Browsing by Subject "botanik"

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  • Heo, Jungok (Helsingin yliopisto, 2020)
    The Arabidopsis root meristem consists of concentrically arranged tissues that surround the central vasculature. While the outer cell layers, the epidermis and ground tissue (GT), contribute to the radial symmetry of the entire root, the internal vasculature displays bilateral symmetry. These spatial patterns are established by the activity of stem cells located at defined positions within the stem cell niche. Daughter cells undergo cell expansion and differentiation to form shootward files along the longitudinal axis of the root. In the first part of this thesis, I describe GT specification and maturation. GT comprises the endodermis and cortex, and their lineages bifurcate following the asymmetric cell division (ACD) of the cortex-endodermis initial. The ACD requires the function of SHORT-ROOT (SHR) and its downstream regulator SCARECROW (SCR), which both belong to the GRAS transcription factor (TF) family. GA in the endodermis modulates the timing of GT maturation by promoting a second periclinal cell division which gives rise to an additional cortical layer between the endodermis and cortex. This additional cortex layer is named the middle cortex, and this process also requires SHR/SCR activity. Here, we have genetically and molecularly demonstrated that another GRAS member, SCARECROW-LIKE 3 (SCL3), is a direct downstream target of SHR/SCR, and its expression is also under the direct control of REPRESSOR OF ga1-3 (RGA), one of the DELLA proteins that are Gibberellin (GA) signaling inhibitors. SCL3 is expressed exclusively in the endodermis, where it integrates the SHR/SCR-mediated developmental signal and the GA-mediated hormonal signal to fine-tune the timing of middle cortex formation. The second part of my thesis investigates phloem sieve element (SE) development. SEs form a conductive tissue in the phloem that mediates the long-distance transport of sucrose. In Arabidopsis roots, protophloem SEs (PSE) comprise 20-25 cells from the stem cell to the enucleating cell. This cell file can serve as a model system to study tissue morphogenesis at single-cell resolution. Using confocal time lapse imaging technology, we monitored single-cell behaviors along the PSE lineage and defined five discernible stages: quiescent (stem cell), active division (transit amplifying cells), transition, differentiation and nuclear degradation (enucleation). We then focused on PSE differentiation, which involves dynamic cellular rearrangement ending with enucleation. We discovered a regulatory cascade in which ALTERED PHLOEM DEVELOPMENT (APL) and two closely related NAC-domain containing TFs – NAC45 and NAC86 – play major roles. We also identified NAC45/86-DEPENDENT EXONUCLEASE-DOMAIN PROTEINs (NENs) that is involved in nuclear degradation downstream of the APL-NAC pathway. In order to comprehensively understand PSE development, we carried out phloem-specific transcriptome profiling by performing fluorescence activated cell sorting of various phloem reporter lines followed by RNA-seq. By analyzing the transcriptome data, we identified 925 phloem-abundant genes. We focused on a cluster of genes which initiate their expression early in the protophloem sieve element (PSE) lineage. Interestingly, this cluster includes six DOF transcription factor family members. Knocking out all six genes resulted in a very narrow vasculature and impaired phloem transport, indicating that these DOFs are required for phloem differentiation as well as specification. We also determined that these DOFs promote PSE differentiation by directly activating the APL pathway. As part of the root meristem, the PSE must differentiate in coordination with the surrounding tissues. In fact, defects in vascular tissue development often lead to systemic growth inhibition and even seedling lethality in extreme cases. In the final part of this thesis, I demonstrate that the global root meristem regulator PLETHORA (PLT) overrides DOF function in the early stages of phloem development by suppressing the expression of APL, thereby preventing premature PSE differentiation.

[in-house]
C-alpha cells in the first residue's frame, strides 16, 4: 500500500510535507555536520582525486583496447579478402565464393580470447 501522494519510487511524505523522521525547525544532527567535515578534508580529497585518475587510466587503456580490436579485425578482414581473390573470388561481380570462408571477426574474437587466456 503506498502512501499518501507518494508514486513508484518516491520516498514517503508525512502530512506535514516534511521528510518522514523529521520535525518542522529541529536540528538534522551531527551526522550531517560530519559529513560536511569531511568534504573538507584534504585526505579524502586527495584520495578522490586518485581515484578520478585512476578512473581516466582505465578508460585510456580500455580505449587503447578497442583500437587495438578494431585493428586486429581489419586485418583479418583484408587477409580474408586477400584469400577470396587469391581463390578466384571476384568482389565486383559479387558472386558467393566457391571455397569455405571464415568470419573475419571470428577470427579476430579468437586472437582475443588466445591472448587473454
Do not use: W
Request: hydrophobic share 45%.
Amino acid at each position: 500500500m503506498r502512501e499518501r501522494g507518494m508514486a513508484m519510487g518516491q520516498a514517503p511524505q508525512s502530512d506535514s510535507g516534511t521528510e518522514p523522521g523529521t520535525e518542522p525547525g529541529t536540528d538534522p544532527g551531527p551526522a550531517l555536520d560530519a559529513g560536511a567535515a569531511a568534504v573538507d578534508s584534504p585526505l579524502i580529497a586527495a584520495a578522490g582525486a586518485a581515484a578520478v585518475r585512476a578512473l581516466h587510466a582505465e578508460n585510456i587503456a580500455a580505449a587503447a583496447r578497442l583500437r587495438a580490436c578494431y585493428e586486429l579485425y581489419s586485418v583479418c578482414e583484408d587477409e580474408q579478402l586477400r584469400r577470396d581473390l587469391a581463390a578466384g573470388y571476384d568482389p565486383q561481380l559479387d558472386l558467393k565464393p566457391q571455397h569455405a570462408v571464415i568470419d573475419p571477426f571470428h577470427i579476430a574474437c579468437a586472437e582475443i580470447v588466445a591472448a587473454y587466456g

• Albinus, Bernhard Siegfried (J. & H. Verbeek, 1754)
  • Hoffberg, Carl Fredrik (1784)
  • Kolari, Pasi (2010)